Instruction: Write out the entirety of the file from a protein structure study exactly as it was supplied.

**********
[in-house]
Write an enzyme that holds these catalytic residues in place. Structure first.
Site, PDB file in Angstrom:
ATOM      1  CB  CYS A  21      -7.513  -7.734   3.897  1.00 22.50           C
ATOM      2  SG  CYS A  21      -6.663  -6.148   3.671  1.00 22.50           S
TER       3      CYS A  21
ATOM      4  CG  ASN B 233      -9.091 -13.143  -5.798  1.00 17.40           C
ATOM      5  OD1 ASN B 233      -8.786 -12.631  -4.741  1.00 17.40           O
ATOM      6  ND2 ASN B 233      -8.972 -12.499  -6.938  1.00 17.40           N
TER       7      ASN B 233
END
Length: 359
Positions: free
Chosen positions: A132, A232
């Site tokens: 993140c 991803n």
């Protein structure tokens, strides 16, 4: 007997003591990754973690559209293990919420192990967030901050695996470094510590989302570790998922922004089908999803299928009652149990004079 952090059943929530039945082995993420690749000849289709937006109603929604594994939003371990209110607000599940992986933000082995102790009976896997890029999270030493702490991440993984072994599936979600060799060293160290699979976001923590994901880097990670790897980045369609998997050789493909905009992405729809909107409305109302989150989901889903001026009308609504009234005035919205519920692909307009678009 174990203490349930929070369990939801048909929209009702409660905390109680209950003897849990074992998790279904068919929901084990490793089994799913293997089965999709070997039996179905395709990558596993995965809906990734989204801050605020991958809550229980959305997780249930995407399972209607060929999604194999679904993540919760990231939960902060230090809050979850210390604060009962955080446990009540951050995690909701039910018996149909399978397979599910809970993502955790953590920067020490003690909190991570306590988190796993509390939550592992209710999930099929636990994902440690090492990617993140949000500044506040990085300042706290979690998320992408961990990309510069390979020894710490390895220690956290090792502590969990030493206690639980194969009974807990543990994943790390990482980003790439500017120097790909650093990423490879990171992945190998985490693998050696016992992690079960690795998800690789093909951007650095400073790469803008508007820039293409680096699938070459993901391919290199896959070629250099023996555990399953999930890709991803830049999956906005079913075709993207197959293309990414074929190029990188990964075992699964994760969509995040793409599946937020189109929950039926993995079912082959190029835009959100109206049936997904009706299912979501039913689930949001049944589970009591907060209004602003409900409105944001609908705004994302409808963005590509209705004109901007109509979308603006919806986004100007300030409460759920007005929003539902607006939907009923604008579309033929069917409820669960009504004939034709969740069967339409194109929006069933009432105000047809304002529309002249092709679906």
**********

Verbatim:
[in-house]
Write an enzyme that holds these catalytic residues in place. Structure first.
Site, PDB file in Angstrom:
ATOM      1  CB  CYS A  21      -7.513  -7.734   3.897  1.00 22.50           C
ATOM      2  SG  CYS A  21      -6.663  -6.148   3.671  1.00 22.50           S
TER       3      CYS A  21
ATOM      4  CG  ASN B 233      -9.091 -13.143  -5.798  1.00 17.40           C
ATOM      5  OD1 ASN B 233      -8.786 -12.631  -4.741  1.00 17.40           O
ATOM      6  ND2 ASN B 233      -8.972 -12.499  -6.938  1.00 17.40           N
TER       7      ASN B 233
END
Length: 359
Positions: free
Chosen positions: A132, A232
């Site tokens: 993140c 991803n």
């Protein structure tokens, strides 16, 4: 007997003591990754973690559209293990919420192990967030901050695996470094510590989302570790998922922004089908999803299928009652149990004079 952090059943929530039945082995993420690749000849289709937006109603929604594994939003371990209110607000599940992986933000082995102790009976896997890029999270030493702490991440993984072994599936979600060799060293160290699979976001923590994901880097990670790897980045369609998997050789493909905009992405729809909107409305109302989150989901889903001026009308609504009234005035919205519920692909307009678009 174990203490349930929070369990939801048909929209009702409660905390109680209950003897849990074992998790279904068919929901084990490793089994799913293997089965999709070997039996179905395709990558596993995965809906990734989204801050605020991958809550229980959305997780249930995407399972209607060929999604194999679904993540919760990231939960902060230090809050979850210390604060009962955080446990009540951050995690909701039910018996149909399978397979599910809970993502955790953590920067020490003690909190991570306590988190796993509390939550592992209710999930099929636990994902440690090492990617993140949000500044506040990085300042706290979690998320992408961990990309510069390979020894710490390895220690956290090792502590969990030493206690639980194969009974807990543990994943790390990482980003790439500017120097790909650093990423490879990171992945190998985490693998050696016992992690079960690795998800690789093909951007650095400073790469803008508007820039293409680096699938070459993901391919290199896959070629250099023996555990399953999930890709991803830049999956906005079913075709993207197959293309990414074929190029990188990964075992699964994760969509995040793409599946937020189109929950039926993995079912082959190029835009959100109206049936997904009706299912979501039913689930949001049944589970009591907060209004602003409900409105944001609908705004994302409808963005590509209705004109901007109509979308603006919806986004100007300030409460759920007005929003539902607006939907009923604008579309033929069917409820669960009504004939034709969740069967339409194109929006069933009432105000047809304002529309002249092709679906």